Cervical cancer is an abnormal and uncontrolled growth of the cells lining the cervix, which acts like the doorway to the uterus. The cervix lining is mostly made up of two different cell types. Lining the outer cervix that faces the vagina are squamous cells, which are flat in shape, while the open passage of the cervix which leads into the uterus is lined by glandular cells, which are blockier in shape and produce mucus. Cancer can arise from either of these cell types; however, squamous cell cancers are the more frequent.
Most cervical cancers are caused by Human Papilloma Virus (HPV). HPV is commonly known as the virus that causes genital warts, but what many don’t realize is that there are over a dozen types of sexually transmitted HPVs, and only a few of them result in genital warts. The National Institutes of Health (NIH) highlight that persistent infection with certain HPV strains, especially types 16 and 18, is the major cause of most cervical cancer cases.
We have known tobacco to be a cause of many cancers for decades now. It is associated with it least 14 types of cancers (see Figure 1). Less understood is how tobacco causes cancer. The short answer—it causes mutations. Tobacco smoke is a mixture of many chemicals, including at least 60 carcinogens (cancer-causing chemicals).
A trans-national team of researchers has begun unearthing the distinct types of mutations caused by tobacco smoke to better understand the biological pathways leading to tobacco-induced cancer. They found that tobacco causes specific types of DNA damage in organs directly exposed to smoke (like the lungs) and that smoking tobacco generally leads to higher rates of mutation in all tissues. Understanding how the chemicals in tobacco smoke cause mutations can help scientists identify new and emerging mutagens and design better treatment strategies.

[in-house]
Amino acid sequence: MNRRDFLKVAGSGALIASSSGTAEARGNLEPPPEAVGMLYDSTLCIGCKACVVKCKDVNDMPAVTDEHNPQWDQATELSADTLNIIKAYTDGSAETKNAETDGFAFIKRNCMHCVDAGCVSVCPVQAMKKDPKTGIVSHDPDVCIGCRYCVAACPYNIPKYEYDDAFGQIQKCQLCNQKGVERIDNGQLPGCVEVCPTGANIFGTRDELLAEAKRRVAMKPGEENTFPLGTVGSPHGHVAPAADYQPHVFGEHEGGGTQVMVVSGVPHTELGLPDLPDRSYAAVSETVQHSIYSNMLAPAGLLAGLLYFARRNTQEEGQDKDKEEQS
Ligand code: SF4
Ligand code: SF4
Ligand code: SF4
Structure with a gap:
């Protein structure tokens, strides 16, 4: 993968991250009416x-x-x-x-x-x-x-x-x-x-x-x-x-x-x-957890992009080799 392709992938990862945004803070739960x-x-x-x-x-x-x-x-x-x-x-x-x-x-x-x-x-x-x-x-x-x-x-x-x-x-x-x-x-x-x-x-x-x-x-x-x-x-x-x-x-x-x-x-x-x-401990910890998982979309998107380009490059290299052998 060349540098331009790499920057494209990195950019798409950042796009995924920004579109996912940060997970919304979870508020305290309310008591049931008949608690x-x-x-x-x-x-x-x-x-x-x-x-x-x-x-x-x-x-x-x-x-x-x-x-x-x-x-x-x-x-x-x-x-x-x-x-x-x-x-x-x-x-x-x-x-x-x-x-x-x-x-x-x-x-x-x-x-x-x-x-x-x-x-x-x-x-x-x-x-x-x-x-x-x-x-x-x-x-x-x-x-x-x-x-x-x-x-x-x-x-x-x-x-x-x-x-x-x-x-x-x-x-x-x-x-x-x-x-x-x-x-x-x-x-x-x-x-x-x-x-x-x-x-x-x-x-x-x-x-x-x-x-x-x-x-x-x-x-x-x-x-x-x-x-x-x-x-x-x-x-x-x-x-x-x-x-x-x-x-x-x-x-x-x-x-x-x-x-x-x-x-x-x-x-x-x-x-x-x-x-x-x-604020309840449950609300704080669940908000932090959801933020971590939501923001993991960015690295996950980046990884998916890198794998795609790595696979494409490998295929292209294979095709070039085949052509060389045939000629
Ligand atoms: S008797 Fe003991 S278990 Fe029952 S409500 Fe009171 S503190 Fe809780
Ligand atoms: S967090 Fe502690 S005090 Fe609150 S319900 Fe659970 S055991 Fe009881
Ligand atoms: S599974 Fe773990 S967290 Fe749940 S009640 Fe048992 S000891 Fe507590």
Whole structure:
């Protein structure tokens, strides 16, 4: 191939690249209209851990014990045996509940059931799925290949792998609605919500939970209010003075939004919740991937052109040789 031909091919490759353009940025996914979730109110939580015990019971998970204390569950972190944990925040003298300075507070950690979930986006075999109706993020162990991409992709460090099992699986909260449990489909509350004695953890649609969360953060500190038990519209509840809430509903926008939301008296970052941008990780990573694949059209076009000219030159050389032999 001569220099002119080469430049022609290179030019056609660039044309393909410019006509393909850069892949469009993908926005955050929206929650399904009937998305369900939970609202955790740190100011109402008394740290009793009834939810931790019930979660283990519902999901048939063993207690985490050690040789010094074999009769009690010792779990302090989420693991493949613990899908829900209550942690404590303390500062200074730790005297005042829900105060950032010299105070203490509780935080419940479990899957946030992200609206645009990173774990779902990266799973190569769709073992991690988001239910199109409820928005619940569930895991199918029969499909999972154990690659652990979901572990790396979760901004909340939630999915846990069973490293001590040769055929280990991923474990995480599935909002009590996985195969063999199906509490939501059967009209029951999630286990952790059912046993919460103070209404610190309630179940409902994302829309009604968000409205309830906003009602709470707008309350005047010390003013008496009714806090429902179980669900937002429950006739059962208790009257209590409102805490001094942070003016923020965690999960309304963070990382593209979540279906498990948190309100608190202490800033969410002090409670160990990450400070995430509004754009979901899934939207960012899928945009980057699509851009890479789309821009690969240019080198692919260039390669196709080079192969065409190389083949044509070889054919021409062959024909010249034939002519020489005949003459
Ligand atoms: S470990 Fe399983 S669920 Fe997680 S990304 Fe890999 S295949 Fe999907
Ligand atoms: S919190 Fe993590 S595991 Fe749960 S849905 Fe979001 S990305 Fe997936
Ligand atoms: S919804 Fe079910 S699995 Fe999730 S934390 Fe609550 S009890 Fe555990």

The assassins have a description of their targets, who are hiding in plain sight among the non-combatants. The targets are guerillas who’ve infiltrated the neighborhood, overwhelming the local authorities and fomenting chaos. After only minutes on patrol, the assassins go on the attack, quickly identifying and eliminating the enemy without harming a single bystander.
This scenario may sound like the plot of a Hollywood blockbuster, but it’s also a good metaphor to describe the activity of engineered immune cells against cancer cells. The assassins are called CAR-T (Chimeric Antigen Receptor-T) cells, and they receive their elite training at the hands of physicians and scientists, who teach them to recognize particular molecules on the surface of tumors.
Editors: Brittany Dixon, Theresa Mau, Alisha John, and Scott Barolo
It seems like “Non-GMO Project Verified” labels have been popping up on more and more food packages. GMOs (genetically modified organisms) are on the public’s mind, and food manufacturers, restaurants, and the government are reacting.
For example, the restaurant chain Chipotle recently promised to ban genetically modified ingredients, naming three main reasons: the long-term health effects of consuming GMOs are unknown; GMOs harm the environment; and GMOs do not meet the restaurant’s standard of “high-quality” food.